Prove or disprove convergence $\sum (a_n)^m$

Problem :

Given sequence $$\left\{a_n\right\}$$ : $$\forall n\in\mathbb{N}, a_n > 0, \quad \lim_{n\to\infty}a_n=0$$

Does there always exist some positive real number $$m$$ which makes series $$\sum_{n=1}^\infty (a_n)^m < \infty$$ converge?

I think this is false and I guess there is counterexample but I can't construct it.

I tried to make $$a_n < \frac{1}{n}$$ and take $$m>1$$ but I think this approach isn't good.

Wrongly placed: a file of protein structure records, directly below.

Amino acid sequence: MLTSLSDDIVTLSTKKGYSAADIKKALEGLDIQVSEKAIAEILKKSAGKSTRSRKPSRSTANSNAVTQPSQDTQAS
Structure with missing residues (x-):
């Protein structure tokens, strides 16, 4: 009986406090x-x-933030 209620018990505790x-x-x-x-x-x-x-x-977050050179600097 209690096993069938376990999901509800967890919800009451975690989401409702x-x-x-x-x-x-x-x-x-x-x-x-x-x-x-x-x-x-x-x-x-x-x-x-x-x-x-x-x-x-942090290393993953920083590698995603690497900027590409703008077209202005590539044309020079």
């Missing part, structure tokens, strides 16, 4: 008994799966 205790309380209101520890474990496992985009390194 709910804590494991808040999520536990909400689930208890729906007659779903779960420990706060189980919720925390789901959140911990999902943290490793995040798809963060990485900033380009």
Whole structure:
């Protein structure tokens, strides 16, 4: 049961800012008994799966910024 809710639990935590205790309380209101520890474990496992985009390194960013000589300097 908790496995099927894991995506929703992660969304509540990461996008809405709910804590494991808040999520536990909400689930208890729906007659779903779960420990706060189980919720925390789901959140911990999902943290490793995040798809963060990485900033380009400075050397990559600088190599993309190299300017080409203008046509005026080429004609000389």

Thanks for any help or hints.

Consider $$a_{n}=\dfrac{1}{\log n}$$ for $$n\geq 2$$, then for any $$m>0$$, there is some constant $$C_{m}>0$$ such that $$\log n\leq C_{m}n^{1/m}$$, and hence $$a_{n}^{m}\geq C_{m}^{-1}n^{-1}$$, the rest is clear.
$$1+{1\over2}+{1\over2}+{1\over2}+{1\over2}+{1\over3}+{1\over3}+\cdots$$
where each fraction $$1/k$$ appears $$k^k$$ times. Then, on grouping terms, we have
$$\sum(a_n)^m=\sum_{k=1}^\infty k^{k-m}=\infty$$
since $$k^{k-m}\ge1$$ for all $$k\ge m$$.